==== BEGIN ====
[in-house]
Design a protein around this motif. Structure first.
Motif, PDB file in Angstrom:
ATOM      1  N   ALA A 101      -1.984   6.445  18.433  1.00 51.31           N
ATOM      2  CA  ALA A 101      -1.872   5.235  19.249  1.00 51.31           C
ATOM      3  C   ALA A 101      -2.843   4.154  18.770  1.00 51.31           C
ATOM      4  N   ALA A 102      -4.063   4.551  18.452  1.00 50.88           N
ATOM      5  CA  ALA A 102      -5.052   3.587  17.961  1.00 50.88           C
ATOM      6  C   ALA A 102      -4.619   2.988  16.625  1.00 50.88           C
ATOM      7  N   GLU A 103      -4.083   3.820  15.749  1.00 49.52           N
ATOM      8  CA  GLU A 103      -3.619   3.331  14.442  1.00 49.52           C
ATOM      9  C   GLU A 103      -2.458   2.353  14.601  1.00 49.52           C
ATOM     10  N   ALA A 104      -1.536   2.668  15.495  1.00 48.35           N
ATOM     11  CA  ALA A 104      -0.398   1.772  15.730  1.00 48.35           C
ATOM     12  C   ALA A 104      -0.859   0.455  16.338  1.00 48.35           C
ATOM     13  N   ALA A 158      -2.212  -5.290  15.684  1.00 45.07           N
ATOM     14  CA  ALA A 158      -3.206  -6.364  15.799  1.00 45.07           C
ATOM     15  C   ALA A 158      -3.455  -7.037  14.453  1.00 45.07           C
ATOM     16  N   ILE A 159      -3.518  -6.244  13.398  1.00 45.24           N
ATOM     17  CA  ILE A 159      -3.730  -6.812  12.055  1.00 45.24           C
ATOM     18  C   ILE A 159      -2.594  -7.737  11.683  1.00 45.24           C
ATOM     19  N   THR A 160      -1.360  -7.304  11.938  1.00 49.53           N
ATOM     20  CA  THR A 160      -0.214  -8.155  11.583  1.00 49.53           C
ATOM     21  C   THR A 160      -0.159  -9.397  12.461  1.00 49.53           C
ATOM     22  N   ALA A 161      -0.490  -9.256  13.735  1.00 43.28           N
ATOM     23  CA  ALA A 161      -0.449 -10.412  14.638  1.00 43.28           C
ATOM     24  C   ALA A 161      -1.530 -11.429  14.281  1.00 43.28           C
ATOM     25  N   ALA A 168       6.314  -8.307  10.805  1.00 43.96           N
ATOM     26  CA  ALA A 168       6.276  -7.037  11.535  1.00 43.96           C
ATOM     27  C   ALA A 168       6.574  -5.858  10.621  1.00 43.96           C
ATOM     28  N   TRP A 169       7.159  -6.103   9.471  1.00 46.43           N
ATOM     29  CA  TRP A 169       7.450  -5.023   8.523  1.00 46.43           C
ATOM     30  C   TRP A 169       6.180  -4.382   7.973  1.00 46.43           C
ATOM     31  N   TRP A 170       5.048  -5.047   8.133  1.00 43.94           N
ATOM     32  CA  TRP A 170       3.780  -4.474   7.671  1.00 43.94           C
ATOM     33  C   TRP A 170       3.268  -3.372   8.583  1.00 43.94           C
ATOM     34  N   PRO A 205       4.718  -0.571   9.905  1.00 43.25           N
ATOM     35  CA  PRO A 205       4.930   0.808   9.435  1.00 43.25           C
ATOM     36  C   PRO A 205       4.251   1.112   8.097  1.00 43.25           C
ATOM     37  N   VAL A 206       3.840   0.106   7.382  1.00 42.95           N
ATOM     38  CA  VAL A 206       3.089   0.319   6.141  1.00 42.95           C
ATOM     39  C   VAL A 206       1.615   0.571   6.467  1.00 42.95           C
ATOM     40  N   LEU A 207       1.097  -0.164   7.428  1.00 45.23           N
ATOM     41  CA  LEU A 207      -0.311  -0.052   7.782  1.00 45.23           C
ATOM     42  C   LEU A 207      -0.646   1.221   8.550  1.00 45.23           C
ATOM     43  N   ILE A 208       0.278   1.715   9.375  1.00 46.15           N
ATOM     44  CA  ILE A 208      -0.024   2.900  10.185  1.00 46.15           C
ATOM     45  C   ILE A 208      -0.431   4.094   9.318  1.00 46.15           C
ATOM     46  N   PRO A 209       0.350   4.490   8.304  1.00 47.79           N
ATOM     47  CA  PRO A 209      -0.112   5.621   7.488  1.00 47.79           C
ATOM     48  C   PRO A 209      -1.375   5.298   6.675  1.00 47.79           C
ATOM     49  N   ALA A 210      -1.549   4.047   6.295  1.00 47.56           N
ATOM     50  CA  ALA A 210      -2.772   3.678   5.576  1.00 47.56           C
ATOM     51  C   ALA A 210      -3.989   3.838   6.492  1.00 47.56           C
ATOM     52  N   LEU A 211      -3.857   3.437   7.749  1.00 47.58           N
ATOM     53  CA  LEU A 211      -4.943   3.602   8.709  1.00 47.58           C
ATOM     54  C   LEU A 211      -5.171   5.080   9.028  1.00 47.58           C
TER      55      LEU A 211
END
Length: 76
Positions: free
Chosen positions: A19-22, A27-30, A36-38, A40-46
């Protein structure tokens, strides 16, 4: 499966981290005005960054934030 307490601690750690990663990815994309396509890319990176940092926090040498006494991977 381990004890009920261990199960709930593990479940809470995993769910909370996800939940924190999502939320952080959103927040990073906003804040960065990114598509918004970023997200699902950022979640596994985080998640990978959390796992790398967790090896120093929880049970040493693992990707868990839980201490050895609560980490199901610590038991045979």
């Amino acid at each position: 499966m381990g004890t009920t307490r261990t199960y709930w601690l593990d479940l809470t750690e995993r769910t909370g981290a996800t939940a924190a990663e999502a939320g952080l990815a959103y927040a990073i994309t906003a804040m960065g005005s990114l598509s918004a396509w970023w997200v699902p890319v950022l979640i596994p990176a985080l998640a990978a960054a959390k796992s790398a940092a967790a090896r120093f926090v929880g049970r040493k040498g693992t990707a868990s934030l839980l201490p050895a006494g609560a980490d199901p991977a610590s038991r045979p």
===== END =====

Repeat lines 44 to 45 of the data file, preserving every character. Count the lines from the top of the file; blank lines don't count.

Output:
ATOM     41  CA  LEU A 207      -0.311  -0.052   7.782  1.00 45.23           C
ATOM     42  C   LEU A 207      -0.646   1.221   8.550  1.00 45.23           C